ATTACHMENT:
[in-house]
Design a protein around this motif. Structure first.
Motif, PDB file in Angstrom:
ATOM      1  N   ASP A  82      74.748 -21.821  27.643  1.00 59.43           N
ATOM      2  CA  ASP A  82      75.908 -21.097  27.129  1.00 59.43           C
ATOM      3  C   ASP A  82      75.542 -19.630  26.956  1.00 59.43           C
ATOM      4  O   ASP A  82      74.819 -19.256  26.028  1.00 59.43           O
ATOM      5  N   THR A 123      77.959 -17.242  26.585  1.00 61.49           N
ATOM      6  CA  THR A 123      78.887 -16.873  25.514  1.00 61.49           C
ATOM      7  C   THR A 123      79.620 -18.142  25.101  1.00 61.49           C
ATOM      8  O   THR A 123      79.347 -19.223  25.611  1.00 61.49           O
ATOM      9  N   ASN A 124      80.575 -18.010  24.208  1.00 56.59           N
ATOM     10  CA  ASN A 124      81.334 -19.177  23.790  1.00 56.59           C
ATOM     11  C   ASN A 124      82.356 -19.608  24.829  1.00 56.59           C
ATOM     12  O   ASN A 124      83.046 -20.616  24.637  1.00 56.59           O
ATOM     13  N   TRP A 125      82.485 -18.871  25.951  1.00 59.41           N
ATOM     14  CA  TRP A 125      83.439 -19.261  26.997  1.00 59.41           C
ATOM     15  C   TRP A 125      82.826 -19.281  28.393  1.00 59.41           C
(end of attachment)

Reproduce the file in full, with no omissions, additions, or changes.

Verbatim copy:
[in-house]
Design a protein around this motif. Structure first.
Motif, PDB file in Angstrom:
ATOM      1  N   ASP A  82      74.748 -21.821  27.643  1.00 59.43           N
ATOM      2  CA  ASP A  82      75.908 -21.097  27.129  1.00 59.43           C
ATOM      3  C   ASP A  82      75.542 -19.630  26.956  1.00 59.43           C
ATOM      4  O   ASP A  82      74.819 -19.256  26.028  1.00 59.43           O
ATOM      5  N   THR A 123      77.959 -17.242  26.585  1.00 61.49           N
ATOM      6  CA  THR A 123      78.887 -16.873  25.514  1.00 61.49           C
ATOM      7  C   THR A 123      79.620 -18.142  25.101  1.00 61.49           C
ATOM      8  O   THR A 123      79.347 -19.223  25.611  1.00 61.49           O
ATOM      9  N   ASN A 124      80.575 -18.010  24.208  1.00 56.59           N
ATOM     10  CA  ASN A 124      81.334 -19.177  23.790  1.00 56.59           C
ATOM     11  C   ASN A 124      82.356 -19.608  24.829  1.00 56.59           C
ATOM     12  O   ASN A 124      83.046 -20.616  24.637  1.00 56.59           O
ATOM     13  N   TRP A 125      82.485 -18.871  25.951  1.00 59.41           N
ATOM     14  CA  TRP A 125      83.439 -19.261  26.997  1.00 59.41           C
ATOM     15  C   TRP A 125      82.826 -19.281  28.393  1.00 59.41           C